BJ’s Looks to Catering, Beer Club to Boost Bottom Line
During its Q3 earnings call with analysts, BJ's Restaurants Inc. revealed future technology initiatives.
Q3 comparable restaurant sales were negative 0.3% but CEO Gregory Trojan remained optimistic during an earnings call with analysts. “Despite the near-term industry headwinds, we continue our over two-year trend of outpacing the industry in both sales and traffic while lapping last year's 6.9% comp sales increase,” he said, citing Hurrican Dorian and California wild fires as factors that had negative impact during the quarter.
A full earnings report is available here.
Off premise remains a bright spot for many restaurants including BJs. “In addition to the more challenged industry backdrop, our off-premise channel growth, while still very healthy, has slowed versus last year and there are a couple of reasons for this,” explained Trojan. “First, we're now comping against the full roll out of third-party delivery across our system and we intentionally pulled back on the level of third-party delivery promotions we offer.”
Without the boost of free delivery promotions, third-party delivery is slowing down for BJ’s. Off-premise is growing double digits.
“As third party marketplaces have gotten crowded with other restaurant concepts, many of whom are attempting to drive trial promotionally, the productivity and economics of offers such as free delivery have diminished considerably. While this has reduced the pace of delivery growth, we're happy to be building a profitable solid foundation in the off-premise channel versus buying unprofitable sales,” said Trojan.
Earlier this year, BJ’s rolled out a new catering platform, which Trojan described as a “top-line initiative.
“These new offerings are doing extremely well generating around 25% growth, albeit on a small base for us. We know this is a large opportunity across all our markets, especially as we approach this year's busy holiday season.”
BJ’s is optimistic that its new Beer Club will capitalize on five breweries while driving traffic to the restaurant. The paid subscription model leverages its award winning in-house brewing capability. Testing is planned for early 2020 at select California locations. BJ’s declined questions for additional details citing competitive concerns.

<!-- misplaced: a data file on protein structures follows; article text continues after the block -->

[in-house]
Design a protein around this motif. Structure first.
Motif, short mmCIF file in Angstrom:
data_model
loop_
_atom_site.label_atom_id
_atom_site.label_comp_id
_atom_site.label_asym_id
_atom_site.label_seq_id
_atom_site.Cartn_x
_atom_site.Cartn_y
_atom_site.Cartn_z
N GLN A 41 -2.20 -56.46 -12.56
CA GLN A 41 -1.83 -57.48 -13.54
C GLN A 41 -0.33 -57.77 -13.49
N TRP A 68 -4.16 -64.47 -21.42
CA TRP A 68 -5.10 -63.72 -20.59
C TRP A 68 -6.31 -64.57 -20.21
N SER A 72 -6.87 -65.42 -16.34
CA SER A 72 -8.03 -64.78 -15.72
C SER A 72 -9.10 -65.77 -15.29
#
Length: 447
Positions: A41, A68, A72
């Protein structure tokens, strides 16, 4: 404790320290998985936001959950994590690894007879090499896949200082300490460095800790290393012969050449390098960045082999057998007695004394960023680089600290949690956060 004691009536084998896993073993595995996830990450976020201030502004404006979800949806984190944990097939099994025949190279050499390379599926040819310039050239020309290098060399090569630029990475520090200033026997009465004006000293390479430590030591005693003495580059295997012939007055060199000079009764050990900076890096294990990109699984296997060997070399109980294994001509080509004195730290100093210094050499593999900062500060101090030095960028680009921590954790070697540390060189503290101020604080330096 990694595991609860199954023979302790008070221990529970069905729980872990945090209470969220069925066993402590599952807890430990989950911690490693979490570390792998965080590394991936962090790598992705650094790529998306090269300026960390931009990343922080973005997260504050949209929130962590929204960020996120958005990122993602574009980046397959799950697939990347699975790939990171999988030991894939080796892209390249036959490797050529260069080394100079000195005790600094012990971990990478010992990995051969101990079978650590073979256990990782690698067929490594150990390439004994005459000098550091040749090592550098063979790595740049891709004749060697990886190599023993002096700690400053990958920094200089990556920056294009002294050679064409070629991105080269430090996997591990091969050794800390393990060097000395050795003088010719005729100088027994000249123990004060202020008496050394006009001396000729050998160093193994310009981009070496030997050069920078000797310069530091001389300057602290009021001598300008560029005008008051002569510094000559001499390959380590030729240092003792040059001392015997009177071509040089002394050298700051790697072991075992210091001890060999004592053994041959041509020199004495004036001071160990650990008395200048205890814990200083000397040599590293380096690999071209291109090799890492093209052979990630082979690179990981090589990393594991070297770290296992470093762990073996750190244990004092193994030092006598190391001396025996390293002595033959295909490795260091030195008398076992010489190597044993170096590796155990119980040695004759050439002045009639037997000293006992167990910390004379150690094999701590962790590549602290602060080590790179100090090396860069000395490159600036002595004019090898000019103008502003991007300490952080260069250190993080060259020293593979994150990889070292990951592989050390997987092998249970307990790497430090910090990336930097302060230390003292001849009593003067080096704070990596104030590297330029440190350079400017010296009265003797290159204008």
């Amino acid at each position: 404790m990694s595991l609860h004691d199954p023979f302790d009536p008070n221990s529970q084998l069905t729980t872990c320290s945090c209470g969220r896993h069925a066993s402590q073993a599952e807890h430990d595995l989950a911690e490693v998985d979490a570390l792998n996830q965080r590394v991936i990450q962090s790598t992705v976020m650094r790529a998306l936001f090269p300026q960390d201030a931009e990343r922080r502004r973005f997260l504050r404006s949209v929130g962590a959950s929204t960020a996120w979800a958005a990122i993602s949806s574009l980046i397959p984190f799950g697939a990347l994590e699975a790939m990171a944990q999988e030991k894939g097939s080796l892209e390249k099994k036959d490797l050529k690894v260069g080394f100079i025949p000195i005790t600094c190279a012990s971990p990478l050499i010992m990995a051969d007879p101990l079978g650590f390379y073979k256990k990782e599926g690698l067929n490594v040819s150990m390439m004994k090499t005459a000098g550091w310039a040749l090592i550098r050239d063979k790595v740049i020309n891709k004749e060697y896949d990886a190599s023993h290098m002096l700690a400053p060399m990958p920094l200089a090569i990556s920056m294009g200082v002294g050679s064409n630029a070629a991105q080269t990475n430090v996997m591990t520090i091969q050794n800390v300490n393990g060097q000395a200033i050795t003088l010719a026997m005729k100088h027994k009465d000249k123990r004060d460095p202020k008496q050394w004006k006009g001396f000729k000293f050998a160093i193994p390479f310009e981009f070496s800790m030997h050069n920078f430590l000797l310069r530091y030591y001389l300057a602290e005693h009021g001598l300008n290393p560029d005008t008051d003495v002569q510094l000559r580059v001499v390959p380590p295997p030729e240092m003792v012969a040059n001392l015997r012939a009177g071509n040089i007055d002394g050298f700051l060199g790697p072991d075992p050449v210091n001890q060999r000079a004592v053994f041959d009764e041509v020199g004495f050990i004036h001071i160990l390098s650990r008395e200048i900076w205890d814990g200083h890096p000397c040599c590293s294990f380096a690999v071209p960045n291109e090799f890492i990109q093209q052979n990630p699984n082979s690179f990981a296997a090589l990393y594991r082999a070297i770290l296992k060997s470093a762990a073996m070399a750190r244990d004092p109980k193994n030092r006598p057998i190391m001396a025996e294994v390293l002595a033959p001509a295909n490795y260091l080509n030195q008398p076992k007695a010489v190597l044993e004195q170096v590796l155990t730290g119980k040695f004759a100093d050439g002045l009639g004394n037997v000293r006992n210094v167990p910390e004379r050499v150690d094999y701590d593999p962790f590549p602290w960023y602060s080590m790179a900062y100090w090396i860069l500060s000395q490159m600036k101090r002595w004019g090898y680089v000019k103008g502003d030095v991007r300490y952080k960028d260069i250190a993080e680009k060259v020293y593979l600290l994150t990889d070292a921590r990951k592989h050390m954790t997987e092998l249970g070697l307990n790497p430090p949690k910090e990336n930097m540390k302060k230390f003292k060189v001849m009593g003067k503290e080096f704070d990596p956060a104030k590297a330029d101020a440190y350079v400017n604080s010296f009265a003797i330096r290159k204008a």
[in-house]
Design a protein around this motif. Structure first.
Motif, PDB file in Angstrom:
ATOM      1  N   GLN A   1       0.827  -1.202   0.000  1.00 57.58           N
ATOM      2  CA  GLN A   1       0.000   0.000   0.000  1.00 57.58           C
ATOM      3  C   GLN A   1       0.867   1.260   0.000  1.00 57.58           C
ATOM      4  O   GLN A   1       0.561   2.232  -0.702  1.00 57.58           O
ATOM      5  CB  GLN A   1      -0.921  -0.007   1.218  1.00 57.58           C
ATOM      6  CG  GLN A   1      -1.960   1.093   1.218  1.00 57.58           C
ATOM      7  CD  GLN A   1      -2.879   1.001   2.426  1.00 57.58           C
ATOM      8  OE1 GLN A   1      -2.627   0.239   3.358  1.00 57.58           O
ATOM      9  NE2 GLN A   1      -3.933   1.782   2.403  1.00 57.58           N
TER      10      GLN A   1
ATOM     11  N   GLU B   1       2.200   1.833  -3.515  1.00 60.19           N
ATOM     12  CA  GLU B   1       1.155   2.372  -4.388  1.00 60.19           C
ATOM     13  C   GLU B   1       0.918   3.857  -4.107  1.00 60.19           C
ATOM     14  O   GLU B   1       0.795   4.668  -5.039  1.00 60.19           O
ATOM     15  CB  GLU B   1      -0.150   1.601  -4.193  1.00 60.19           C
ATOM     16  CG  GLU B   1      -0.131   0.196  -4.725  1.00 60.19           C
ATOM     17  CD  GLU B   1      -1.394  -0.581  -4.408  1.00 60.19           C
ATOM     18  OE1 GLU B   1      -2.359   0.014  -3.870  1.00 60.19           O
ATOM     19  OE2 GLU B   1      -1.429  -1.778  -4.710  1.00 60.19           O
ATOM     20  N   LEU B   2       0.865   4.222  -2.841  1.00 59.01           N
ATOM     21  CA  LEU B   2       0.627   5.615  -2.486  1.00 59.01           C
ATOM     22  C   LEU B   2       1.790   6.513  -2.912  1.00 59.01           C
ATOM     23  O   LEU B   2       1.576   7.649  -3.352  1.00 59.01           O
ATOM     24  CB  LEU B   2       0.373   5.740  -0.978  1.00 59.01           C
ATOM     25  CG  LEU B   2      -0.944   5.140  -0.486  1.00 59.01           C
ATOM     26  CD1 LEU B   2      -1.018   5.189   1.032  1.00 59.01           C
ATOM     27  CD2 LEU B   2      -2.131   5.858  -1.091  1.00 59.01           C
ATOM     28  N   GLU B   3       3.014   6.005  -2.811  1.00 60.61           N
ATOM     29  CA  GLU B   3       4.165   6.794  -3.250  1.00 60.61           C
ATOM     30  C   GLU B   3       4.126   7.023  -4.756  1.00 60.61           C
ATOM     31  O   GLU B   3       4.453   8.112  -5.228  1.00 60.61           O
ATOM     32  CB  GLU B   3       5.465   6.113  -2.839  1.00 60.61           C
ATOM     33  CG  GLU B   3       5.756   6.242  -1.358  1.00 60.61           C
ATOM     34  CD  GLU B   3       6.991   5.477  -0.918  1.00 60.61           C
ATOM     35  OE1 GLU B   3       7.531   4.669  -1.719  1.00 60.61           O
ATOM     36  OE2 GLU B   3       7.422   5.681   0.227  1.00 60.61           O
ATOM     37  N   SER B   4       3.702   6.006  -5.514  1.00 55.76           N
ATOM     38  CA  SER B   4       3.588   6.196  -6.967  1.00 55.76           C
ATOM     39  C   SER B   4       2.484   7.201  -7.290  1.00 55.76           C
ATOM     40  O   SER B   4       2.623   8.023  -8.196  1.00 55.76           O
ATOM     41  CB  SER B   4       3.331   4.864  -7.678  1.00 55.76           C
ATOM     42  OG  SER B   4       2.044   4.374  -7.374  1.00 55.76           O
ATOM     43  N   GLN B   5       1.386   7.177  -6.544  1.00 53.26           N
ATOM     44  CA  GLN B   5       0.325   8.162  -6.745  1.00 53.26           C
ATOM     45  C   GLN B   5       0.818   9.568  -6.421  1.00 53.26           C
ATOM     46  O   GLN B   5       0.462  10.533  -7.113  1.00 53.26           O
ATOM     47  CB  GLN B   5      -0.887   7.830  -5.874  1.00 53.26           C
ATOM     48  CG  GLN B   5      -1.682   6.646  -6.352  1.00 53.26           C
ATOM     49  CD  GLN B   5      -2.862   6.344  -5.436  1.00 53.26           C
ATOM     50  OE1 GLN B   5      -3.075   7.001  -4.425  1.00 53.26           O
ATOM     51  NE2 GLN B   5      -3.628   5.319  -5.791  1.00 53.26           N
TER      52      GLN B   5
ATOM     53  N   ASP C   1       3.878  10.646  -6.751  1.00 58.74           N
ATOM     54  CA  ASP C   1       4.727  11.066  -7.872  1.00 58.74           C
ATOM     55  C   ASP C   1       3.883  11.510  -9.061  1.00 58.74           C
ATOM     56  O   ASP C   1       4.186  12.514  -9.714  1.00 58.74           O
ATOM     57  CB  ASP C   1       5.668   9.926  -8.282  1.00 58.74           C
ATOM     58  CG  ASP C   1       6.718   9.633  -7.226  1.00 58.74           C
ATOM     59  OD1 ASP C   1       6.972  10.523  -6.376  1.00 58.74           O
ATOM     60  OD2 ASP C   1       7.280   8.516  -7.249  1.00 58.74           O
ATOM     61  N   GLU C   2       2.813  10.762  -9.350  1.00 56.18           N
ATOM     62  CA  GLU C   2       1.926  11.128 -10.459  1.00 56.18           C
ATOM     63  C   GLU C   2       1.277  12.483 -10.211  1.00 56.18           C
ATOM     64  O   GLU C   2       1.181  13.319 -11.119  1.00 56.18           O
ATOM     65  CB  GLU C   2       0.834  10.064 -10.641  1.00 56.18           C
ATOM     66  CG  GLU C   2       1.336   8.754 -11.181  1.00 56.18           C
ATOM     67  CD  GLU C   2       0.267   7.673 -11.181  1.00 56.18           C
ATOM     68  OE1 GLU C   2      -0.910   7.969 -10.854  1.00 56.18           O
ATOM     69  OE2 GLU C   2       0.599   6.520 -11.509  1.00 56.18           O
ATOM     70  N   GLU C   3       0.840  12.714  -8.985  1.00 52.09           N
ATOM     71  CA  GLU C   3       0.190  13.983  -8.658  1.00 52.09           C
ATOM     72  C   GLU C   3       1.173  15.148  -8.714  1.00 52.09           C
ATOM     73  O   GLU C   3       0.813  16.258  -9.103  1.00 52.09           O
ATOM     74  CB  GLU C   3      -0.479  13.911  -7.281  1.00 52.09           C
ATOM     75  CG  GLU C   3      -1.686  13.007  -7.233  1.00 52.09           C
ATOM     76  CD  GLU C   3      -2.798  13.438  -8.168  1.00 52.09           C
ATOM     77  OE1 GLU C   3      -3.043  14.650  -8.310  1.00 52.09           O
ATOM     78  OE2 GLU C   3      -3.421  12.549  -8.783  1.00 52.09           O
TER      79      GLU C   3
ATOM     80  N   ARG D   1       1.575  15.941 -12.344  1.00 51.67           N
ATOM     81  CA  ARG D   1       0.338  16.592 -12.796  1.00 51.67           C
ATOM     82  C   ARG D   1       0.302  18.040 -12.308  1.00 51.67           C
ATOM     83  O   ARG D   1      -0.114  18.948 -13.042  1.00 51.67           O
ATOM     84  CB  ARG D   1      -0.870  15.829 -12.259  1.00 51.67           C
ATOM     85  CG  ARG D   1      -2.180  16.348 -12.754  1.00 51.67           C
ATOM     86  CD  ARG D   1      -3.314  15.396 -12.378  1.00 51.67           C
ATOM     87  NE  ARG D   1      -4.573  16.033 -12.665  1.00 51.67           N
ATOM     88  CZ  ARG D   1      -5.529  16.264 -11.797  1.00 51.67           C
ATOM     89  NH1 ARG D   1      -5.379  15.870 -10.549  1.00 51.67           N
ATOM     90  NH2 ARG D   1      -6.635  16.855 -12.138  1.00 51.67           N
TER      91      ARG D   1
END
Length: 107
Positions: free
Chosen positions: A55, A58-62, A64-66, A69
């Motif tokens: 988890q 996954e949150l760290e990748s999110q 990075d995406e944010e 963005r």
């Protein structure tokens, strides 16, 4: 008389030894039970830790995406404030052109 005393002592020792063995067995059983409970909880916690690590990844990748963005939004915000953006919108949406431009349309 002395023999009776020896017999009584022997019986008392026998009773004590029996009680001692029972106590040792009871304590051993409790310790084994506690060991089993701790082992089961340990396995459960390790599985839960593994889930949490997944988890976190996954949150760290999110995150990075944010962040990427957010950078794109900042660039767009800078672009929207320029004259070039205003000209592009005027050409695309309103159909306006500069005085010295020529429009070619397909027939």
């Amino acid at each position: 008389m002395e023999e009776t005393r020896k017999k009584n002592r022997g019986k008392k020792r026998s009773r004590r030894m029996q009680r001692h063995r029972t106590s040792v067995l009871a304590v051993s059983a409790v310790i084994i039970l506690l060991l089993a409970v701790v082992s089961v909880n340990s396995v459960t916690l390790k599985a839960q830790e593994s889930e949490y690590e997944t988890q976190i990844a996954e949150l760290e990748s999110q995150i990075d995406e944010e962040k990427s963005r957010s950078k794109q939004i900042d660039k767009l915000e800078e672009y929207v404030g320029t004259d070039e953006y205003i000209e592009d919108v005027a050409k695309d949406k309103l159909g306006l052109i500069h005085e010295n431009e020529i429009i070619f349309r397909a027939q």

BJs is also looking at adding more technology to its restaurants. “At the same time we keep exploring and developing new technology to reduce, and in some cases, eliminate pain points and bottlenecks for our guests and team members,” Trojan explained.
Recent additions include mobile on-premise ordering and pay at the table.
“We know there are even more great opportunities through technology and innovation to make the sit-down dining experience even quicker and easier and therefore more accessible and enjoyable,” said Trojan.
BJs has begun testing the ability for guests dining in restaurant to use their mobile phones and other mobile devices to reorder drinks and pay their checks without having to download the BJ’s app. The restaurant is looking at expanding that same functionality to include ordering of drinks, appetizers and entire meals -- including while they’re waiting to be seated.
“While we continue to believe that downloading our app delivers a lot of value to our most frequent guests and builds our customer loyalty database, we know that it is a barrier to greater adoption rates for some less frequent guests,” said Trojan. “We're excited about the prospects for this new technology to solve the downloading and app issue for these guests as we provide them tech-enabled convenience features to make their dining experiences at BJ's even better.”